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There are signs that Boeing has been making significant progress with 787 production and deliveries.  We took a look at publicly available data and extrapolated that data to develop the following chart comparing orders and production rates.  Examining the order history provides a few years of data on which to base projections.  If Boeing continues to sell the 787 at or near historic rates, we see total program orders approaching 1,800, including all three models, by 2020.  Deliveries started slowly, but have accelerated.  Assuming that Boeing’s production plan for the two factories can be met, Boeing will begin to close the large gap between orders and deliveries as we approach the end of the decade, and still have a significant backlog.

One might consider the production acceleration to be too rapid, but bear in mind that Boeing needs to recover its considerable investment in the development of the 787, which includes horrendous cost overruns.  The incentive to produce aircraft faster generates cash flow even as they are in a dog-fight with Airbus for every future sale in the segment.   Delivery slot availability is a powerful marketing tool.  If sales do not reach or exceed the blue dashed line, Boeing can dial down production as needed.

We anticipate -9 and -10 sales to accelerate, with fewer orders for the -8 and believe sales will be within 10-15% of the curve.  The key to whether it will be above or below the line is how Airbus competes with the A330neo and prices the aircraft.  Airbus has made it clear the A330neo’s role is to spoil 787-8 sales.   The incentive to push 168 787s out the factory per year is compelling – as there is nothing as comforting as positive cash flow – but sales must be made at profitable prices. Boeing has not yet amortized the development costs of the 787, as Airbus has with the A330, with modest neo development costs. As a result, Airbus has tremendous flexibility in discounting the A330neo to price levels that dramatically reduce Boeing’s margins. Pricing strategies will drive orders one direction or the other in this segment.

2014-11-07_8-14-00Production costs are coming down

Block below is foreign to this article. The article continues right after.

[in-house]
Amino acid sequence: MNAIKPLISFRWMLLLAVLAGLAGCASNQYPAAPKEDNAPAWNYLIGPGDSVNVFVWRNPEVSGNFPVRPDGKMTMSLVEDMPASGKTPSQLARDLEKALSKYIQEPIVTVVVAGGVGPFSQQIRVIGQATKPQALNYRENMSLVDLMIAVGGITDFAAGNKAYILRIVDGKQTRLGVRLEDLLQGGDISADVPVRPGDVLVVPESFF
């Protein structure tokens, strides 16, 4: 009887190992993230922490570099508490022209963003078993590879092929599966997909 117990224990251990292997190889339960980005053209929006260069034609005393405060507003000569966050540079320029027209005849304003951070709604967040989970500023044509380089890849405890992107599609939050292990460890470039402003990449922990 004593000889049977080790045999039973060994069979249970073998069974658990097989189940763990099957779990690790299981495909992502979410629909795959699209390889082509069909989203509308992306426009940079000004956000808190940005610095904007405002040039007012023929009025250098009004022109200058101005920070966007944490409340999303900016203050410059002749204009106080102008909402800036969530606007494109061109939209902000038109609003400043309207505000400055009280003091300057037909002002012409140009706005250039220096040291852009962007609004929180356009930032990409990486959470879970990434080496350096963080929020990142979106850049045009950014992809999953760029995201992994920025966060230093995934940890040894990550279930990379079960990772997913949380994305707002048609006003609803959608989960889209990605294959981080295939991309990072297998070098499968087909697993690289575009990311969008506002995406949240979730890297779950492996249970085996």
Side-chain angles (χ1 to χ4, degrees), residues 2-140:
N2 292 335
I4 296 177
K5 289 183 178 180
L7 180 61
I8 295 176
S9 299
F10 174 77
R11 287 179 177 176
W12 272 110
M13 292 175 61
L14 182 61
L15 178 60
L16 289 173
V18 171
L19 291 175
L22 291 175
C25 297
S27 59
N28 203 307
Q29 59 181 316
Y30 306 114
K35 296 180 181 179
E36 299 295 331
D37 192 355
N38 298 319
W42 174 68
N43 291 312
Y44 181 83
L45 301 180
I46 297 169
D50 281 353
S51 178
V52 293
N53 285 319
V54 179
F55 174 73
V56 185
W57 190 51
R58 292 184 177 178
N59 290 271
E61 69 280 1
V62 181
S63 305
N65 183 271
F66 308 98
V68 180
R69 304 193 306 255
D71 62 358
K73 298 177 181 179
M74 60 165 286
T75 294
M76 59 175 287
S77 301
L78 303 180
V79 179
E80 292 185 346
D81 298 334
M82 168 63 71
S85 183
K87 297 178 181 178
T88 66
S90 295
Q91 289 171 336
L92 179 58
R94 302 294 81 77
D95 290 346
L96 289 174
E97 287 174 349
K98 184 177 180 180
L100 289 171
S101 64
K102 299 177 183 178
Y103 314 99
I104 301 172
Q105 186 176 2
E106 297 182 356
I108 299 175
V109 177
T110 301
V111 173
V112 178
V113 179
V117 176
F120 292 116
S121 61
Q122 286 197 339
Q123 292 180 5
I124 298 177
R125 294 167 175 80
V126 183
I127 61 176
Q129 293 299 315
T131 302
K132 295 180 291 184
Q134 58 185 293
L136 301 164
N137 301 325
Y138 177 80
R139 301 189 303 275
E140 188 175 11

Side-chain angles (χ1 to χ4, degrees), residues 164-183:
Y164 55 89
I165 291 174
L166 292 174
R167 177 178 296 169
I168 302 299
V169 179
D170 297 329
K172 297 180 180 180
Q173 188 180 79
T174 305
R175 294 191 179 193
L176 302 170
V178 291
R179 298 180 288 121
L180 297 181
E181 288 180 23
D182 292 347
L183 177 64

With any new aircraft, there is a significant learning curve. With the 787, introducing new technologies and new manufacturing techniques, that curve was steeper than for typical new aircraft. The initial impact of significant traveled work and delays likely resulted in the first 787 deliveries being sold at big losses. But Boeing appears to be working its way down the learning curve on 787 production. The following chart illustrates how the number of days in final assembly have declined.


Based on the data we have, the 787s built in Charleston this year are down to an average of 56 days while Everett takes about 40 days in final assembly.    Company wide, the 787 in 2014, on average, needed 45 days in final assembly.  By comparison, a 777 takes 49 days from start to being pushed out the factory door.

We anticipate 787 production times to continue improving and production to accelerate according to Boeing’s plan, in particular Charleston catching up with Everett.  The supply chain is becoming less stressed and now has a rhythm.  Boeing’s plan to increase production appears achievable.

Moreover, Boeing wants the line stable to ensure they can keep moving towards increasing unit profitability.  The quicker they deliver 787s the better, because the company will soon need to fund the 777-X implementation as well as a 737/757 replacements to combat the increasing success of the A321neo against the over-matched 737-900ER and -9MAX.

The Bottom Line

The trauma of the 787 entry into service and initial production glitches appear to be coming to an end. While much later than planned, Boeing’s operational efficiency in producing the 787 appears to have reached stability in Everett at efficient levels, and Charleston, while not there yet, is rapidly moving down the learning curve.

We expect, once Charleston equals the 40 days Everett production rate, that the 787 program will be stable and profitable. While this is five years behind schedule and resulted in delaying a new narrow-body that would have improved competitive position against Airbus, it is welcome relief in Seattle.

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